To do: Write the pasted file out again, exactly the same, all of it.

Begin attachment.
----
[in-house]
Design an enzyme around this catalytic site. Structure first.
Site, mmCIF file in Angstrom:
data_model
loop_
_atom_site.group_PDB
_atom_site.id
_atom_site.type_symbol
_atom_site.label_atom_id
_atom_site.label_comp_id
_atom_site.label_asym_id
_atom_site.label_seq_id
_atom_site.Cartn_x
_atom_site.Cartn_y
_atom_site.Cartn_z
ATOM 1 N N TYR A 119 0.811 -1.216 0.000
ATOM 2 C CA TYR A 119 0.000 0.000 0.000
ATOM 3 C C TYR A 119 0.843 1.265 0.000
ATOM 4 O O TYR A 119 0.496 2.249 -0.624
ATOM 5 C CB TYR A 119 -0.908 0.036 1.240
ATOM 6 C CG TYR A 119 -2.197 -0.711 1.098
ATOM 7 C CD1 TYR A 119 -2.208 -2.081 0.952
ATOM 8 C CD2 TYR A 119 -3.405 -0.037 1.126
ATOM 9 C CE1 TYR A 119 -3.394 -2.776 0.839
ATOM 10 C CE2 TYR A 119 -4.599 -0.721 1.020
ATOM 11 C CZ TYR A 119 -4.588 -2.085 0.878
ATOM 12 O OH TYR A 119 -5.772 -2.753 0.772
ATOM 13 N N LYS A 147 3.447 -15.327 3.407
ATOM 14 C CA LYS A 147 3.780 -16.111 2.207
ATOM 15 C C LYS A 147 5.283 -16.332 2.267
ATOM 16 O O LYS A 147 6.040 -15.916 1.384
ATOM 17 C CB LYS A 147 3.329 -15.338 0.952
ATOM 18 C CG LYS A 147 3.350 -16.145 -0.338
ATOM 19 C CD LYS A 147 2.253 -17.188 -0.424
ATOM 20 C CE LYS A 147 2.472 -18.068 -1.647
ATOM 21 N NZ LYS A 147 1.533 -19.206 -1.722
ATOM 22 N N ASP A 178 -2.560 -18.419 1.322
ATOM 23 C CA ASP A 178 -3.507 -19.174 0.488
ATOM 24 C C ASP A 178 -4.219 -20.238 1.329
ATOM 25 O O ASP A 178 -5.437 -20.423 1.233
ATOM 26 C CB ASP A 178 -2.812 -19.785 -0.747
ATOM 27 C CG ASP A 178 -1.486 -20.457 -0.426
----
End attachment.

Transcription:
[in-house]
Design an enzyme around this catalytic site. Structure first.
Site, mmCIF file in Angstrom:
data_model
loop_
_atom_site.group_PDB
_atom_site.id
_atom_site.type_symbol
_atom_site.label_atom_id
_atom_site.label_comp_id
_atom_site.label_asym_id
_atom_site.label_seq_id
_atom_site.Cartn_x
_atom_site.Cartn_y
_atom_site.Cartn_z
ATOM 1 N N TYR A 119 0.811 -1.216 0.000
ATOM 2 C CA TYR A 119 0.000 0.000 0.000
ATOM 3 C C TYR A 119 0.843 1.265 0.000
ATOM 4 O O TYR A 119 0.496 2.249 -0.624
ATOM 5 C CB TYR A 119 -0.908 0.036 1.240
ATOM 6 C CG TYR A 119 -2.197 -0.711 1.098
ATOM 7 C CD1 TYR A 119 -2.208 -2.081 0.952
ATOM 8 C CD2 TYR A 119 -3.405 -0.037 1.126
ATOM 9 C CE1 TYR A 119 -3.394 -2.776 0.839
ATOM 10 C CE2 TYR A 119 -4.599 -0.721 1.020
ATOM 11 C CZ TYR A 119 -4.588 -2.085 0.878
ATOM 12 O OH TYR A 119 -5.772 -2.753 0.772
ATOM 13 N N LYS A 147 3.447 -15.327 3.407
ATOM 14 C CA LYS A 147 3.780 -16.111 2.207
ATOM 15 C C LYS A 147 5.283 -16.332 2.267
ATOM 16 O O LYS A 147 6.040 -15.916 1.384
ATOM 17 C CB LYS A 147 3.329 -15.338 0.952
ATOM 18 C CG LYS A 147 3.350 -16.145 -0.338
ATOM 19 C CD LYS A 147 2.253 -17.188 -0.424
ATOM 20 C CE LYS A 147 2.472 -18.068 -1.647
ATOM 21 N NZ LYS A 147 1.533 -19.206 -1.722
ATOM 22 N N ASP A 178 -2.560 -18.419 1.322
ATOM 23 C CA ASP A 178 -3.507 -19.174 0.488
ATOM 24 C C ASP A 178 -4.219 -20.238 1.329
ATOM 25 O O ASP A 178 -5.437 -20.423 1.233
ATOM 26 C CB ASP A 178 -2.812 -19.785 -0.747
ATOM 27 C CG ASP A 178 -1.486 -20.457 -0.426